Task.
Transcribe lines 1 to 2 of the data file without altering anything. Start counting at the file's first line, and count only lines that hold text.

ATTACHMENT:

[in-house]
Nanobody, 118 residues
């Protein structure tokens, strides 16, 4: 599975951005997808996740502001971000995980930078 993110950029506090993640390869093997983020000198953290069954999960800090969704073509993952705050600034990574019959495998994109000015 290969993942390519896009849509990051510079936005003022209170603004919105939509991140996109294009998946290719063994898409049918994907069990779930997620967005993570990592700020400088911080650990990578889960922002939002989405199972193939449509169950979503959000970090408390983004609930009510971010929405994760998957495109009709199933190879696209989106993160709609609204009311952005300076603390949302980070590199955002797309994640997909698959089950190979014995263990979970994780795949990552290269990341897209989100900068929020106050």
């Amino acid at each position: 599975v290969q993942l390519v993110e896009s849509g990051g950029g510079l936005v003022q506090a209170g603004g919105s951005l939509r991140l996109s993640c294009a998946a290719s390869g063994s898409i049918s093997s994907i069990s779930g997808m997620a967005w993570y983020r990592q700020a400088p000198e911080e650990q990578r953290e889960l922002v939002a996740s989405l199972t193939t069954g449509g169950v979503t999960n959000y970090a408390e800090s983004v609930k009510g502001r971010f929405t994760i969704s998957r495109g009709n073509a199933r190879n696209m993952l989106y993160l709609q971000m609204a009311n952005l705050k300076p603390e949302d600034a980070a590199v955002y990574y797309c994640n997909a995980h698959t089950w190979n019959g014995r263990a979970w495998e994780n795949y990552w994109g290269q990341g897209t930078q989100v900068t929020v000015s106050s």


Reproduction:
[in-house]
Nanobody, 118 residues